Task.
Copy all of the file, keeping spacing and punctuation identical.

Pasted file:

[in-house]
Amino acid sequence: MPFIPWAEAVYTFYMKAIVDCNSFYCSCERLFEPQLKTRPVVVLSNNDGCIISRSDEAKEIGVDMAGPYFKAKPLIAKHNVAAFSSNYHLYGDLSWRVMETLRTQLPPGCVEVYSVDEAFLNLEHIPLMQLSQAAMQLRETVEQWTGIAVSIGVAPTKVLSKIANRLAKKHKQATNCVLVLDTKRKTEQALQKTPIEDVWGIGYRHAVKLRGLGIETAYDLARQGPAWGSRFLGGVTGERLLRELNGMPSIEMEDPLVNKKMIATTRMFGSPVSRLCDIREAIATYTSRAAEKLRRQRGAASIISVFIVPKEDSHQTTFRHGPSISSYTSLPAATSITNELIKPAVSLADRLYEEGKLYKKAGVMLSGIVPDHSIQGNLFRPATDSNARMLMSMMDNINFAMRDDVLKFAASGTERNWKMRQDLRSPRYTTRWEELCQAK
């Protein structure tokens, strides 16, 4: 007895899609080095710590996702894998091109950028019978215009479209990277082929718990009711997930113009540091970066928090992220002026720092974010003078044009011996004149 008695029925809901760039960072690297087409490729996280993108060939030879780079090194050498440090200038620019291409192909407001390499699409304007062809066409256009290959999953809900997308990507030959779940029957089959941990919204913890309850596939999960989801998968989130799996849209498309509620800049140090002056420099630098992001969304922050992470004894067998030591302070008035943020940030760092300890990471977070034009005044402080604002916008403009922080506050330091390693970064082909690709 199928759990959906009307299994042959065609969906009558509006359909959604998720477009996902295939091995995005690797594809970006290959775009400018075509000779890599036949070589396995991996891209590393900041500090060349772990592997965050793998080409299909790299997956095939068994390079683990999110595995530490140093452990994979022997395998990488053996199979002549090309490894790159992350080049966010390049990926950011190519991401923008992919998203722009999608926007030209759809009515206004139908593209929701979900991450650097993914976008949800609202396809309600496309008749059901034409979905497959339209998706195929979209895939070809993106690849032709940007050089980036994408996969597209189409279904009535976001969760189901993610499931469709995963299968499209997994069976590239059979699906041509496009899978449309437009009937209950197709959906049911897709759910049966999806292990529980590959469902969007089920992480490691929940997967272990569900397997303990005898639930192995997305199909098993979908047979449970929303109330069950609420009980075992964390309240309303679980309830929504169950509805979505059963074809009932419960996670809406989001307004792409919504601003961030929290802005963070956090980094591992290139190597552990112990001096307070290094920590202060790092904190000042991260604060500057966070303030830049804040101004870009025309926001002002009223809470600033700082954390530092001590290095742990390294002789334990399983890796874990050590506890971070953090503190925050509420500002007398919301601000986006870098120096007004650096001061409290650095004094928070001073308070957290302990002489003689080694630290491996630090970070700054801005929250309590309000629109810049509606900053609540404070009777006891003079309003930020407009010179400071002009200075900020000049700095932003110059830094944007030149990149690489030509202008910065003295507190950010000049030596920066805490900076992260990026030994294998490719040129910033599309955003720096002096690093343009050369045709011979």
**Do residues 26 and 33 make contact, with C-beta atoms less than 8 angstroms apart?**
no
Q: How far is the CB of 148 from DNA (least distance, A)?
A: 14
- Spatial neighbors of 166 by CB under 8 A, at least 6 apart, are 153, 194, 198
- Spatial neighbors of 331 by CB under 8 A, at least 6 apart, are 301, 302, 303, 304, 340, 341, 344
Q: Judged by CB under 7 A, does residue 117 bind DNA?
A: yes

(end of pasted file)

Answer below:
[in-house]
Amino acid sequence: MPFIPWAEAVYTFYMKAIVDCNSFYCSCERLFEPQLKTRPVVVLSNNDGCIISRSDEAKEIGVDMAGPYFKAKPLIAKHNVAAFSSNYHLYGDLSWRVMETLRTQLPPGCVEVYSVDEAFLNLEHIPLMQLSQAAMQLRETVEQWTGIAVSIGVAPTKVLSKIANRLAKKHKQATNCVLVLDTKRKTEQALQKTPIEDVWGIGYRHAVKLRGLGIETAYDLARQGPAWGSRFLGGVTGERLLRELNGMPSIEMEDPLVNKKMIATTRMFGSPVSRLCDIREAIATYTSRAAEKLRRQRGAASIISVFIVPKEDSHQTTFRHGPSISSYTSLPAATSITNELIKPAVSLADRLYEEGKLYKKAGVMLSGIVPDHSIQGNLFRPATDSNARMLMSMMDNINFAMRDDVLKFAASGTERNWKMRQDLRSPRYTTRWEELCQAK
């Protein structure tokens, strides 16, 4: 007895899609080095710590996702894998091109950028019978215009479209990277082929718990009711997930113009540091970066928090992220002026720092974010003078044009011996004149 008695029925809901760039960072690297087409490729996280993108060939030879780079090194050498440090200038620019291409192909407001390499699409304007062809066409256009290959999953809900997308990507030959779940029957089959941990919204913890309850596939999960989801998968989130799996849209498309509620800049140090002056420099630098992001969304922050992470004894067998030591302070008035943020940030760092300890990471977070034009005044402080604002916008403009922080506050330091390693970064082909690709 199928759990959906009307299994042959065609969906009558509006359909959604998720477009996902295939091995995005690797594809970006290959775009400018075509000779890599036949070589396995991996891209590393900041500090060349772990592997965050793998080409299909790299997956095939068994390079683990999110595995530490140093452990994979022997395998990488053996199979002549090309490894790159992350080049966010390049990926950011190519991401923008992919998203722009999608926007030209759809009515206004139908593209929701979900991450650097993914976008949800609202396809309600496309008749059901034409979905497959339209998706195929979209895939070809993106690849032709940007050089980036994408996969597209189409279904009535976001969760189901993610499931469709995963299968499209997994069976590239059979699906041509496009899978449309437009009937209950197709959906049911897709759910049966999806292990529980590959469902969007089920992480490691929940997967272990569900397997303990005898639930192995997305199909098993979908047979449970929303109330069950609420009980075992964390309240309303679980309830929504169950509805979505059963074809009932419960996670809406989001307004792409919504601003961030929290802005963070956090980094591992290139190597552990112990001096307070290094920590202060790092904190000042991260604060500057966070303030830049804040101004870009025309926001002002009223809470600033700082954390530092001590290095742990390294002789334990399983890796874990050590506890971070953090503190925050509420500002007398919301601000986006870098120096007004650096001061409290650095004094928070001073308070957290302990002489003689080694630290491996630090970070700054801005929250309590309000629109810049509606900053609540404070009777006891003079309003930020407009010179400071002009200075900020000049700095932003110059830094944007030149990149690489030509202008910065003295507190950010000049030596920066805490900076992260990026030994294998490719040129910033599309955003720096002096690093343009050369045709011979």
**Do residues 26 and 33 make contact, with C-beta atoms less than 8 angstroms apart?**
no
Q: How far is the CB of 148 from DNA (least distance, A)?
A: 14
- Spatial neighbors of 166 by CB under 8 A, at least 6 apart, are 153, 194, 198
- Spatial neighbors of 331 by CB under 8 A, at least 6 apart, are 301, 302, 303, 304, 340, 341, 344
Q: Judged by CB under 7 A, does residue 117 bind DNA?
A: yes